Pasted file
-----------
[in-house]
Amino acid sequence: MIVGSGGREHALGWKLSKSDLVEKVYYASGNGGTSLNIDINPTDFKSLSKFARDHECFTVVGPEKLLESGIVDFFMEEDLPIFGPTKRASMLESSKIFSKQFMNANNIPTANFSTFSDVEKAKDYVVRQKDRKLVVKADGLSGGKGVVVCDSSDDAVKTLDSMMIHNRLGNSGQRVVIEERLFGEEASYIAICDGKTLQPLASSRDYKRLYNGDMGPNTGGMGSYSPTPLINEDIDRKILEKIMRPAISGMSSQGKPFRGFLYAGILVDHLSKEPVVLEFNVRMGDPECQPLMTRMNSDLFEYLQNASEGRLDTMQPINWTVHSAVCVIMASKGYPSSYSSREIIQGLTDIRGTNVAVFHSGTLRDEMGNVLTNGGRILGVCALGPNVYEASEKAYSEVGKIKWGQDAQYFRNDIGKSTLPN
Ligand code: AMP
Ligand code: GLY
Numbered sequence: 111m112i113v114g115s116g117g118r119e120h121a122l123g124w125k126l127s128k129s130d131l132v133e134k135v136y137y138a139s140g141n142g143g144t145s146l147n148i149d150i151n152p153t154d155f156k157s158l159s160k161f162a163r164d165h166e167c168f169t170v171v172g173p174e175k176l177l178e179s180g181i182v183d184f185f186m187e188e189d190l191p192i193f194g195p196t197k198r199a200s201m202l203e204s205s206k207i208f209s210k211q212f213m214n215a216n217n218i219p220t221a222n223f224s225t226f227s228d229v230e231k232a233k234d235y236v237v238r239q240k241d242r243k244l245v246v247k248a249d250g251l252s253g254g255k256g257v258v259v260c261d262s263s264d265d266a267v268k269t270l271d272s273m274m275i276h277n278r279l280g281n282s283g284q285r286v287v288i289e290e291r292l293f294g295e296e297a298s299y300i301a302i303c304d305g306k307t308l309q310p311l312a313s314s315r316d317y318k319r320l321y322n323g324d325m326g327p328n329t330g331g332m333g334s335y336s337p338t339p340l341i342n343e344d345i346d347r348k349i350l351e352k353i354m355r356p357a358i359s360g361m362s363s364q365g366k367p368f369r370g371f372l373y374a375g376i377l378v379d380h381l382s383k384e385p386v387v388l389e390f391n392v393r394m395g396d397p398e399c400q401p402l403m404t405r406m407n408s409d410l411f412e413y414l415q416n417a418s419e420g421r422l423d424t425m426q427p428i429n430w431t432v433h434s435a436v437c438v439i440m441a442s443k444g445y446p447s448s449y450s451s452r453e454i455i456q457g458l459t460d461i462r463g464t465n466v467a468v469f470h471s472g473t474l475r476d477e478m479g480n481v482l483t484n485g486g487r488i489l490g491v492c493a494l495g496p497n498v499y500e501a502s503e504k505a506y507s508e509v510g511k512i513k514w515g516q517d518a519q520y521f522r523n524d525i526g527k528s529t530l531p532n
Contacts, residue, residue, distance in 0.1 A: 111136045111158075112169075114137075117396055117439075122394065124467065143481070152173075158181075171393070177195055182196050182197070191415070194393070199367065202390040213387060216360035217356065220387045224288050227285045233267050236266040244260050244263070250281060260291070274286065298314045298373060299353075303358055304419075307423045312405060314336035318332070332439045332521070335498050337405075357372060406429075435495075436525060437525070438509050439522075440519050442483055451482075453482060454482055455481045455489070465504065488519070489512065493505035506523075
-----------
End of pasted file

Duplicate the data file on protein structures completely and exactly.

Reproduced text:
[in-house]
Amino acid sequence: MIVGSGGREHALGWKLSKSDLVEKVYYASGNGGTSLNIDINPTDFKSLSKFARDHECFTVVGPEKLLESGIVDFFMEEDLPIFGPTKRASMLESSKIFSKQFMNANNIPTANFSTFSDVEKAKDYVVRQKDRKLVVKADGLSGGKGVVVCDSSDDAVKTLDSMMIHNRLGNSGQRVVIEERLFGEEASYIAICDGKTLQPLASSRDYKRLYNGDMGPNTGGMGSYSPTPLINEDIDRKILEKIMRPAISGMSSQGKPFRGFLYAGILVDHLSKEPVVLEFNVRMGDPECQPLMTRMNSDLFEYLQNASEGRLDTMQPINWTVHSAVCVIMASKGYPSSYSSREIIQGLTDIRGTNVAVFHSGTLRDEMGNVLTNGGRILGVCALGPNVYEASEKAYSEVGKIKWGQDAQYFRNDIGKSTLPN
Ligand code: AMP
Ligand code: GLY
Numbered sequence: 111m112i113v114g115s116g117g118r119e120h121a122l123g124w125k126l127s128k129s130d131l132v133e134k135v136y137y138a139s140g141n142g143g144t145s146l147n148i149d150i151n152p153t154d155f156k157s158l159s160k161f162a163r164d165h166e167c168f169t170v171v172g173p174e175k176l177l178e179s180g181i182v183d184f185f186m187e188e189d190l191p192i193f194g195p196t197k198r199a200s201m202l203e204s205s206k207i208f209s210k211q212f213m214n215a216n217n218i219p220t221a222n223f224s225t226f227s228d229v230e231k232a233k234d235y236v237v238r239q240k241d242r243k244l245v246v247k248a249d250g251l252s253g254g255k256g257v258v259v260c261d262s263s264d265d266a267v268k269t270l271d272s273m274m275i276h277n278r279l280g281n282s283g284q285r286v287v288i289e290e291r292l293f294g295e296e297a298s299y300i301a302i303c304d305g306k307t308l309q310p311l312a313s314s315r316d317y318k319r320l321y322n323g324d325m326g327p328n329t330g331g332m333g334s335y336s337p338t339p340l341i342n343e344d345i346d347r348k349i350l351e352k353i354m355r356p357a358i359s360g361m362s363s364q365g366k367p368f369r370g371f372l373y374a375g376i377l378v379d380h381l382s383k384e385p386v387v388l389e390f391n392v393r394m395g396d397p398e399c400q401p402l403m404t405r406m407n408s409d410l411f412e413y414l415q416n417a418s419e420g421r422l423d424t425m426q427p428i429n430w431t432v433h434s435a436v437c438v439i440m441a442s443k444g445y446p447s448s449y450s451s452r453e454i455i456q457g458l459t460d461i462r463g464t465n466v467a468v469f470h471s472g473t474l475r476d477e478m479g480n481v482l483t484n485g486g487r488i489l490g491v492c493a494l495g496p497n498v499y500e501a502s503e504k505a506y507s508e509v510g511k512i513k514w515g516q517d518a519q520y521f522r523n524d525i526g527k528s529t530l531p532n
Contacts, residue, residue, distance in 0.1 A: 111136045111158075112169075114137075117396055117439075122394065124467065143481070152173075158181075171393070177195055182196050182197070191415070194393070199367065202390040213387060216360035217356065220387045224288050227285045233267050236266040244260050244263070250281060260291070274286065298314045298373060299353075303358055304419075307423045312405060314336035318332070332439045332521070335498050337405075357372060406429075435495075436525060437525070438509050439522075440519050442483055451482075453482060454482055455481045455489070465504065488519070489512065493505035506523075